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Present: H. Briston, S. Brownmiller, C. Cherry, M. Chong*, S. Cohen, M. Dennis, A. Emami, P. Gilkey, O. Guerra, N. Gulley, J. Hurwit, P. Lambert, L. LaTour, P. Lu, B. Malle, A. Mathas, K. McPherson, T. Minner, C. Minson, J. Newton, D. Olson, V. Ostrik, M. Pangburn, C. Parsons, G. Psaki, F. Pyle, G. Sayre, J. Sneirson, N. Tublitz
Excused: N. Fujii, S. Holmberg*, R. Irvin, L. Karim, A. Schulz, J. Stolet
Absent: C.A. Bassett, C. Bengston, G. Berk, A. Coles-Bjerre, J. Daniels, A. Djiffack, C. Ellis, S. Gary, L. Karim, Corlea (Sue) Martinez*, K. Mourfy, A. Papiliou, L. Richardson, P. Rounds, A. Sherrick, K. Wagle. *non-voting participants
CALL TO ORDER
The meeting was called to order at 3:05 p.m. in 150 Columbia by winter term Senate President Suzanne Clark, who, from a personal perspective, remarked that it has been a pleasure for her to step in as winter term president and that it has been a good experience for her.
APPROVAL OF THE MINUTES
Minutes of the regular University Senate meeting of February 14, 2007 were approved as distributed.
STATE OF THE UNIVERSITY
Remarks from Vice Provost for Undergraduate Studies Karen Sprague. Vice Provost Sprague provided information concerning discussions surrounding the development of east campus areas into an academic learning “neighborhood”. She indicated that the idea is to create an inviting public face for the university in that part of campus and to promote engagement with its intellectual life for both students and community members. The vice provost noted that the recently completed residence halls were built with the expectation that all freshmen would live on campus as would a greater number of upper classmen. One notion is to blend the new residence halls with academic support resources (e.g., combine academic advising programs with academic learning services in this area of campus) to create an inviting campus/community interface in the east campus area. Vice Provost Sprague noted that several groups are thinking about this concept: a strategic housing planning group (chaired by Dennis Howard) and the Enrollment Management Council. The University Planning Office and the Provost’s Office are also involved. The area under planning consideration is the campus approach from Franklin Boulevard. In the short term, a new academic learning center and alumni center are proposed for the area, but ultimately the idea is to create an integrated community with improved residence halls and academic resources. Eventually the area might include resources for various forms of student advising/support (international, multicultural, and athletic students), a library/reading room, meeting spaces, short-term accommodations for visiting scholars, and an expanded career center with coordination of applied learning opportunities and career services (research, internships, service learning, peer tutoring, study/work abroad). The concept of the neighborhood is to be attractive to academically engaged students, suitable for students of various ages, academic interest, and cultural and ethnic backgrounds.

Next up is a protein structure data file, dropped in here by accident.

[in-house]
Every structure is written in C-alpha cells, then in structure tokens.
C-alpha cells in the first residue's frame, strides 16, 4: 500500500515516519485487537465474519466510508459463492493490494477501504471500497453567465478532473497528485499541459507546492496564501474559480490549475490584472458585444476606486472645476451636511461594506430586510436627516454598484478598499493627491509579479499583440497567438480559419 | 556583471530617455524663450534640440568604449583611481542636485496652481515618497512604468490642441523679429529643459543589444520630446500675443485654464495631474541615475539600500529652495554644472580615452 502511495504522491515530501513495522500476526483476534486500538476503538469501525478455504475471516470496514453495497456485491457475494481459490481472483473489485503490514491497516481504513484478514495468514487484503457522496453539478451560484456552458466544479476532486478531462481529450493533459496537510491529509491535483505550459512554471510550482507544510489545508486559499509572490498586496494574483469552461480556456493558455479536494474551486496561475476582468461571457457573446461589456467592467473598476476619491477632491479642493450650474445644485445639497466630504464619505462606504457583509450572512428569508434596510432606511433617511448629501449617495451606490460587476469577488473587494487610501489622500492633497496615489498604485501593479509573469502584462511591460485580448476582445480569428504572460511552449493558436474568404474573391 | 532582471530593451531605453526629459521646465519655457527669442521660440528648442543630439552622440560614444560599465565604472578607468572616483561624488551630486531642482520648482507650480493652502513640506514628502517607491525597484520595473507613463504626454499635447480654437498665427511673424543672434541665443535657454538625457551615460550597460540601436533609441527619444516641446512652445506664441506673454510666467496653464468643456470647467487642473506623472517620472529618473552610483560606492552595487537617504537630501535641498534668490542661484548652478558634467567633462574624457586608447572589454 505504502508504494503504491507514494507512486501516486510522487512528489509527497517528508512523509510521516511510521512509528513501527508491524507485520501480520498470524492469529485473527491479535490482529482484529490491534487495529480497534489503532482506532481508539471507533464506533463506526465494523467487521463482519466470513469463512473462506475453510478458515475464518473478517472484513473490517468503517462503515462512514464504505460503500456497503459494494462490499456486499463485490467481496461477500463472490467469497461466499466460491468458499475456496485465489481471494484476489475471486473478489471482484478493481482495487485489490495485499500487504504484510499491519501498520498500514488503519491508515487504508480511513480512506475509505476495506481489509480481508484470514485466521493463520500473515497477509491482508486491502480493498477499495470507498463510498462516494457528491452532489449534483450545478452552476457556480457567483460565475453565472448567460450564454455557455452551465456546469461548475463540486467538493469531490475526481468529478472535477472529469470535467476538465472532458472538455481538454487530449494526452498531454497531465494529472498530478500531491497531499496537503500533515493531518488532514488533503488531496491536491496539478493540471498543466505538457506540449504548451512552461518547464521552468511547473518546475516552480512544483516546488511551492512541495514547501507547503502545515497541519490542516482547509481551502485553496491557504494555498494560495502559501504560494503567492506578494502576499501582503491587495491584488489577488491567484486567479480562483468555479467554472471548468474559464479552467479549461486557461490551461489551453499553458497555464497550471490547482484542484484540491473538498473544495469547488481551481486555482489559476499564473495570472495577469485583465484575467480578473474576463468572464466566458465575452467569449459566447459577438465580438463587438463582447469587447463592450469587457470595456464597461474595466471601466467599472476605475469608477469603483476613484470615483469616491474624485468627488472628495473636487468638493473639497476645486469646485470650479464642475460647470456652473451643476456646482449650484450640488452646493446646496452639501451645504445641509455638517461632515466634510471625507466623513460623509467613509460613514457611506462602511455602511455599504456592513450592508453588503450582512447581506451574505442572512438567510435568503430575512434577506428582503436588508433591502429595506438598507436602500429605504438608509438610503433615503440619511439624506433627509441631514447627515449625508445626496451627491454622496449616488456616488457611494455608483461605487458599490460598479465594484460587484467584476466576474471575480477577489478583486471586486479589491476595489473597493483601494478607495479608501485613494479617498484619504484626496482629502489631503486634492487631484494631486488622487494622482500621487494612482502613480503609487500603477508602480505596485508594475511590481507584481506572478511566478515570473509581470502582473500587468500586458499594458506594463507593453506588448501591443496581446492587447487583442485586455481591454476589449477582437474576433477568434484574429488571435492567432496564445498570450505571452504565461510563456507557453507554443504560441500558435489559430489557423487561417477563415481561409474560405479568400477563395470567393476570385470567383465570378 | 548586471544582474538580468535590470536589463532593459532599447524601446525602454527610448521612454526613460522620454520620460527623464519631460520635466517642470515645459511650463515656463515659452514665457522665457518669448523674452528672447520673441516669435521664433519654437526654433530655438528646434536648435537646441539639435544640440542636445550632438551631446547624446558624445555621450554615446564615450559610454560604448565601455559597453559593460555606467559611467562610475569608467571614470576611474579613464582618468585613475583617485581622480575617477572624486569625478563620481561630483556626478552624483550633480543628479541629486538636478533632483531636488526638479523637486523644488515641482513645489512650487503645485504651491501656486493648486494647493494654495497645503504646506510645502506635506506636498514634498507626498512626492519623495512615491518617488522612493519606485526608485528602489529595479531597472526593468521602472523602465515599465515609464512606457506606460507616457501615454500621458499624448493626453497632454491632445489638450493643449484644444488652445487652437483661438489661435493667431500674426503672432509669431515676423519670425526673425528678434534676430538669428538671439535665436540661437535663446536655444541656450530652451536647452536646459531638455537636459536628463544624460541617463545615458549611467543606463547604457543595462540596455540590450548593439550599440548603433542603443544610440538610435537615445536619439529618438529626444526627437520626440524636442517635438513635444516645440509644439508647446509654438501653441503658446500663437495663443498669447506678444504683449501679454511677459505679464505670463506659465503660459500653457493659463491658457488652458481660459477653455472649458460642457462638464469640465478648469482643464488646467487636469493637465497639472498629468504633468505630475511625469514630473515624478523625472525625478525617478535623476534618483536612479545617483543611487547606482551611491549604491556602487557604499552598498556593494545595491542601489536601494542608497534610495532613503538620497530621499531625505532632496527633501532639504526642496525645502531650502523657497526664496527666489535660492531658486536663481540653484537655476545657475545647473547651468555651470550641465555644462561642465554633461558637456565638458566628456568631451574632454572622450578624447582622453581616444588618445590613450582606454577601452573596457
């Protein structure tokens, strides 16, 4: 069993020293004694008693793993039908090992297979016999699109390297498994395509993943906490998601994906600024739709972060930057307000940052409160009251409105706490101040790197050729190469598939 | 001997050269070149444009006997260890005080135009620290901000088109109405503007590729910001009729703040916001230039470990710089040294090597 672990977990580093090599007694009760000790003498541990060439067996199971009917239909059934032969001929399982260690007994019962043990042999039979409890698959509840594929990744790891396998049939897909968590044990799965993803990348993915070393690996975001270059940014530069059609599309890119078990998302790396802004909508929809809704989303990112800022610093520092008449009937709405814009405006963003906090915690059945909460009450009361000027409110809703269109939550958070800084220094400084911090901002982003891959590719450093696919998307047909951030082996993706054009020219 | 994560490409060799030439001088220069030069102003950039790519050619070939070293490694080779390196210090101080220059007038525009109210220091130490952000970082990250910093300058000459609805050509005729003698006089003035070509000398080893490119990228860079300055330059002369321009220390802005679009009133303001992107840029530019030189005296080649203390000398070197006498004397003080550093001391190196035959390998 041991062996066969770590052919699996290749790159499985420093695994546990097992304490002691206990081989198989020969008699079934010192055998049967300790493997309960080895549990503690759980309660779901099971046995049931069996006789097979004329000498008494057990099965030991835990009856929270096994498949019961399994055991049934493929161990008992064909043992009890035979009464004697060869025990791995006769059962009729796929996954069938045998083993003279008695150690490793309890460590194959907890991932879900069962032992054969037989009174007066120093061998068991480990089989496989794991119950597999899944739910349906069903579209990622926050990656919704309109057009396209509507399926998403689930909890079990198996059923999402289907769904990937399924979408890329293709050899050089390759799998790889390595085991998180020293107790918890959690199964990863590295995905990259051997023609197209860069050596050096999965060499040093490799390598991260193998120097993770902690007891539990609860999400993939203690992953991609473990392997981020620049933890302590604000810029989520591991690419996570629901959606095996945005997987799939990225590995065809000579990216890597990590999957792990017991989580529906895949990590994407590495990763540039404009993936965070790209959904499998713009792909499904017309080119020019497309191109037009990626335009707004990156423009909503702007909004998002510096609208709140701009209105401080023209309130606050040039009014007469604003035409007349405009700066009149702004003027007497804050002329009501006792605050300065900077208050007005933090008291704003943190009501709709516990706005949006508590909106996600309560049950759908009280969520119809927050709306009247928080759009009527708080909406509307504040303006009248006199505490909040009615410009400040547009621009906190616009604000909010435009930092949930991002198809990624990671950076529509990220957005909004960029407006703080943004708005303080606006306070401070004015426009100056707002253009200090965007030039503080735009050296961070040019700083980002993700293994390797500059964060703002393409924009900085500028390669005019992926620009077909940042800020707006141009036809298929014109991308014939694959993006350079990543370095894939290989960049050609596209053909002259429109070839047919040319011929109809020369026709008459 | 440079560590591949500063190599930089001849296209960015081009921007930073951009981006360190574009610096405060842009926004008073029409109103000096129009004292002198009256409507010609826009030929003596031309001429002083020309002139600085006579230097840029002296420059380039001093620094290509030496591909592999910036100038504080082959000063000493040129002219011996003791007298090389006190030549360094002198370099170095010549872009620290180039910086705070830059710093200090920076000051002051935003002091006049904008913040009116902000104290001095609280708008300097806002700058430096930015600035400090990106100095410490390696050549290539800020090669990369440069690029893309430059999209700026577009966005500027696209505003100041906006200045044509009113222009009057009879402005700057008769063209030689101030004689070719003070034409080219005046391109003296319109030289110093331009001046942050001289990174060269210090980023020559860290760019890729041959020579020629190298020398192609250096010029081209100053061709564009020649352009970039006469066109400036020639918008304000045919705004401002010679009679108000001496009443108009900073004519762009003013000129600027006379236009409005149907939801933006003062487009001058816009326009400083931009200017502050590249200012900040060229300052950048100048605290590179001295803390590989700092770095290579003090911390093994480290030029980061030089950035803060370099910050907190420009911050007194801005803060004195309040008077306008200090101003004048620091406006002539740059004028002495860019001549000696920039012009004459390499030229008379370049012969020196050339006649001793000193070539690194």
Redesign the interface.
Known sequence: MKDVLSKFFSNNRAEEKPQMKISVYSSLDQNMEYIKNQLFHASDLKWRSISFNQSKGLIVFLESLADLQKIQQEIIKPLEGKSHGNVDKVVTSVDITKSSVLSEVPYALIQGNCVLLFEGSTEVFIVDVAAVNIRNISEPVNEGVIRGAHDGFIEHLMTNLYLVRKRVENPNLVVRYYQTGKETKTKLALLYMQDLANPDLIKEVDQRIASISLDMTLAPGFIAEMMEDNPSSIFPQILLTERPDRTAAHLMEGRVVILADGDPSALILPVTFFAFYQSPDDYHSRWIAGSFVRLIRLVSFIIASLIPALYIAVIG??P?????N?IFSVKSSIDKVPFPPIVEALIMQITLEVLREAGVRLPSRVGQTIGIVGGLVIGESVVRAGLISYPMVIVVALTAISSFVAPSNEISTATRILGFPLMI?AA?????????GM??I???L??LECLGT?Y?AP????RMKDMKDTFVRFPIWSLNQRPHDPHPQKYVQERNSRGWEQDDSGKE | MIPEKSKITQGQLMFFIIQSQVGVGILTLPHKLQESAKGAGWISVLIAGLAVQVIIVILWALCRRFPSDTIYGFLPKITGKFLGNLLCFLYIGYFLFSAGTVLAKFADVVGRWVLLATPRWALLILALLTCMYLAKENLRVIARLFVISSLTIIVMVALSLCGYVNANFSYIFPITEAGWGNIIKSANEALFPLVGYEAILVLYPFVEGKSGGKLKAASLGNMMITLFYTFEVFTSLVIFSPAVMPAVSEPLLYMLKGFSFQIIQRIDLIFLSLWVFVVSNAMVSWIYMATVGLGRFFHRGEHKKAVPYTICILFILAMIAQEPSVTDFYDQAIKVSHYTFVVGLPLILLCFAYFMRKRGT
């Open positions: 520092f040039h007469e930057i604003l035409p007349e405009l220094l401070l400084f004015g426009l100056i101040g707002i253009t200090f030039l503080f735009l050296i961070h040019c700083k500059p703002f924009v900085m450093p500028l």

During a discussion period, Senator Nate Gulley, ASUO, inquired about any plans for low income and subsidized housing. Frances Dyke, vice president for finance and administration, replied that one of the goals of the strategic housing planning group is to address the broad scope of demand of housing on campus. In another vein, Senator Nathan Tublitz, biology, expressed a need for the senate to be integrated with the various committees working on the east campus development. Spring term senate president Andrew Marcus, geography, also emphasized the importance of explicit senate involvement sooner rather than later in the planning process. Vice Provost Sprague agreed, noting that the Campus Planning Committee reports to the senate. She implied that the various groups working on the project would be expanding their membership as they begin to make headway with this project.
Senator Gina Psaki, romance languages, raised the issue of the poor physical state of many current campus classrooms as an important consideration in looking at improving the condition of campus educational settings as a whole. She suggested that some monies need to be directed toward renovating existing classrooms. Senator Psaki also wondered how greater integration with the community at large might impact security issues in campus residential housing. The vice provost commented that access from the Living Learning Center’s ground floor classrooms to student housing areas was limited by locked doors. Lastly, Vice President Gordon Sayre, English, emphasized the need to improve the attractiveness of the Moss and Columbia Street areas that have old, unattended campus houses on them. As these houses are now, the area is less than welcoming.
Athletics Department Annual Report. President Clark reported that she had received a notice from Athletic Director Moos’ assistant explaining that Mr. Moos would be unable to attend and make his report due to the men’s basketball team competition in the NCAA tournament (he was traveling with the team). A discussion ensued with regret and disappointment that AD Moos was unable to attend and that, in his absence, he did not send his representative or the required written report. In response, Senator Tublitz asked spring term senate President Andrew Marcus to formally request the presence of the newly appointed athletic director, Pat Kilkenny, at the April senate meeting as well as the written report of athletic department activities for the past year. Mr. Marcus agreed to make the request.